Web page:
© JEAN-FRANCOIS MONIER / AFP
The Grand Duchy is due to become the first country in Europe to completely prohibit the use of controversial herbicide glyphosate.
By the end of the year, Luxembourg's commitment to ban products with a glyphosate base will enter into effect. The government's promise will come into law on 31 December 2020. The ban makes Luxembourg a pioneer in Europe as well as the first country to take such a decisive measure, as the ban precedes the limit fixed by the EU by two years (15 December 2022).
Minister of Agriculture Romain Schneider celebrated the move as a 'major advance' in protecting biodiversity and the environment. The Ministry of Agriculture will have to take the needs of farmers - as well as those of brands marketing the product - into consideration in introducing the measure, and to that end, has detailed three key dates for the measure.
On 1 February 2020, all products containing glyphosate will have their market authorisation withdrawn. Then, on 30 June, retailers will be prohibited from stocking and selling glyphosate-containing products. Finally, 31 December will mark the final day that the substance is authorised to be used, a ban which will apply to professional users and private individuals.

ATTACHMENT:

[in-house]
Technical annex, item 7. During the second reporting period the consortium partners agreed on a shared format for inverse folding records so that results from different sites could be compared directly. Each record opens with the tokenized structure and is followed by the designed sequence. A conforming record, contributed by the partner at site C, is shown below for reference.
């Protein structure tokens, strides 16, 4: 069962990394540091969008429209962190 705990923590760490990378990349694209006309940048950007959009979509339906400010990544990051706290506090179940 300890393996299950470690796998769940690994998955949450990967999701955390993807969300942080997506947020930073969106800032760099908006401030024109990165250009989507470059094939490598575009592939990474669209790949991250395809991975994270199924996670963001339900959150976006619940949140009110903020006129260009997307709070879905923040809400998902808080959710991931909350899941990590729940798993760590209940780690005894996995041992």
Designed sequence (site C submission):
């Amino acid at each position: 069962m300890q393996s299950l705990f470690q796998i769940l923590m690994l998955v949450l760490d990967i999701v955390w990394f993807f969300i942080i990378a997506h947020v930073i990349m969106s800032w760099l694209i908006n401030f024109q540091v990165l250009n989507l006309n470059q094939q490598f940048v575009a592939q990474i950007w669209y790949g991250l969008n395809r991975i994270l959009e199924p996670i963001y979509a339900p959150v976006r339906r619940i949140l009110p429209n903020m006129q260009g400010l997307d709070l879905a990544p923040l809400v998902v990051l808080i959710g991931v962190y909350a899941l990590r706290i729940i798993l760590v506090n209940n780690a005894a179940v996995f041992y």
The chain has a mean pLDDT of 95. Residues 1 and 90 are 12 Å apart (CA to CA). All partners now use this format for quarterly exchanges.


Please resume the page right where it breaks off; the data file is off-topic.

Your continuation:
Farmers already prepared to give up glyphosate will be subsidised by the state, at a level of €30 per hectare for arable land, €50 per hectare for vineyard land, and €100 per hectare for land designed for fruit growing. A number of users - 592 in total - have committed to do so by the end of the year.
Luxembourg's winegrowers will become the first in all of Europe to completely do without the pesticide, as well as deciding to do so voluntarily as of this autumn. Those who will take the decision a step further and ban all pesticides will receive subsidies in the height of between €500 and €550 per hectare.
In the mid-term, Luxembourg's ambition is to reduce its reliance on the most dangerous phytosanitary products by 30% for 2025 and the use of pharmaceutical products in agriculture and viticulture by 50% for 2030.